The Hidden Reason Tea Is Good For You


Many people know that tea has anti-oxidants.  They may also know it cuts cholesterol.  There is a reason that tea is good for you that most people in the West don’t know.  It has to do with temperature.

According to Chinese Medicine, drinking cold drinks is bad for you. We tend to drink a lot of them in the US.  Many health conscious people drink ice water, cold juice, or smoothies blended with ice.  People knowledgeable about Chinese Medicine wince when they see this.  They believe that it feeds “damp heat,” a condition that causes inflammation.  From this perspective, tea is good when it is drunk hot.  Hot drinks are often beneficial in Chinese Medicine, especially in the morning.  The heat helps us get our metabolisms going.

Think of it is way.  There is a special kind of vitality that is used to run our internal organs.  Every time you consume cold food or drink, that special energy is diverted to warm the contents of your stomach to body temperature.  This interruption stops your body from running the way it should. Cold food is also bad.  In Chinese Medicine, it’s better to consume stuff hot or at room temperature.

Other cultures feel similarly.  In Germany there is saying, “nothing too hot or too cold.”  Some Italians feel that Americans are shocking our stomachs with so much of ice and cold drinks.  In general, Europeans do not consume as much ice and cold drinks as Americans do.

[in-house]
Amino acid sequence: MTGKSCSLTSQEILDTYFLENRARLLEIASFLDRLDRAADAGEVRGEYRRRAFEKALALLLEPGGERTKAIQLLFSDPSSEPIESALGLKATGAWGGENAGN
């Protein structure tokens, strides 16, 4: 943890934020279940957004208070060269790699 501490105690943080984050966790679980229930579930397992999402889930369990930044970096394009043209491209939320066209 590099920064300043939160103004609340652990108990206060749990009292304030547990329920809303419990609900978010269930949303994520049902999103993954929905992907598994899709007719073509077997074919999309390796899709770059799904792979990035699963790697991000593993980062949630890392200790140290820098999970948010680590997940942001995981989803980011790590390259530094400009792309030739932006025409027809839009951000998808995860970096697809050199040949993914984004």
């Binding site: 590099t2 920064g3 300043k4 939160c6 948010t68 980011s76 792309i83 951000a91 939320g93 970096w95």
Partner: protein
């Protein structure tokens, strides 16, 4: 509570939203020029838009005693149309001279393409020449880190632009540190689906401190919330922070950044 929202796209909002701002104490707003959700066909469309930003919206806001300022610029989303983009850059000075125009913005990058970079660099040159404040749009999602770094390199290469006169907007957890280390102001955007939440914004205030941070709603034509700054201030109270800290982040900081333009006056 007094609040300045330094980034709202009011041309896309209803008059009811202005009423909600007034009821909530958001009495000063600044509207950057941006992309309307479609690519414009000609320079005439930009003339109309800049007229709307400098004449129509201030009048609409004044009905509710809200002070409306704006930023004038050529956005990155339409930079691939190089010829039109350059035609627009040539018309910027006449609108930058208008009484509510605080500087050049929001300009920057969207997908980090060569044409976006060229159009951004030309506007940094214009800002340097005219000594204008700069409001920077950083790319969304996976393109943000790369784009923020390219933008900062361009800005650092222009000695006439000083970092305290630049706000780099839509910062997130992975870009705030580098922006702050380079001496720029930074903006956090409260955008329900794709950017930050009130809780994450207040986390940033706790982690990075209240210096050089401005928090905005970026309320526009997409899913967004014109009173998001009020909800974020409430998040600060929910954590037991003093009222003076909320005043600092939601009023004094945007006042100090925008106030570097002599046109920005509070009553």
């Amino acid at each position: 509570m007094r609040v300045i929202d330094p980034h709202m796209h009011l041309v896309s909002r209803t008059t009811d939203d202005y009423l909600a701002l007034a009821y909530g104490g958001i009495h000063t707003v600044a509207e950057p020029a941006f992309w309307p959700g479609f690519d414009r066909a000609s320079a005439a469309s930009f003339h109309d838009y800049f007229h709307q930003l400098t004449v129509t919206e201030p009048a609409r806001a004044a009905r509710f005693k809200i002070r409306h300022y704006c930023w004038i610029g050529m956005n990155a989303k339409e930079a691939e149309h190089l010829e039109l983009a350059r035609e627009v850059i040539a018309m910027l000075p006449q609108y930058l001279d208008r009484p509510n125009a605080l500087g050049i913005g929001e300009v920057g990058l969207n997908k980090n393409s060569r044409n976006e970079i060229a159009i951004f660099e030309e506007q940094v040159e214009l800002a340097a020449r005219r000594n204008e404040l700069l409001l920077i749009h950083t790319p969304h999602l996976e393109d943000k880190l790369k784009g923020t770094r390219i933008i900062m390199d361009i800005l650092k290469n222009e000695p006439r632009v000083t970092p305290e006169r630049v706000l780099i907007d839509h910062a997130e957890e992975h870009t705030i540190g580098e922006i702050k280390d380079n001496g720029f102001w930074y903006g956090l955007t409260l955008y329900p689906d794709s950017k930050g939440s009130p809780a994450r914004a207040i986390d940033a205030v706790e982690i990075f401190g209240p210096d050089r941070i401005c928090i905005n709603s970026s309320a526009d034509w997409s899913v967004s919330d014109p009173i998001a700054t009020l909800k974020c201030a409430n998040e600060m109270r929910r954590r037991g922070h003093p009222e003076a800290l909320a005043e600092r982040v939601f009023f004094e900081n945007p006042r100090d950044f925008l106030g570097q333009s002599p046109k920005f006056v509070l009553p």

In any event, hot tea is not another dose of ice water.  It’s also one less soda, energy drink or Frappucino.  Hot herb tea, green tea, black tea, or decaf tea all are good from this perspective.  Whatever agrees with you.

To find out more about Chinese Medicine, I’d recommend a book called Asian Health Secrets by Letha Hadady, D.Ac.  You might also look at Total Health the Chinese Way by Esther Ting PhD.


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Luminosity writes about health, politics, the media, food, drink, the paranormal, conspiracies, supplements, Chinese Medicine, and tea. On her personal blog she also writes about general subjects and her personal life, including rising from a wheelchair.
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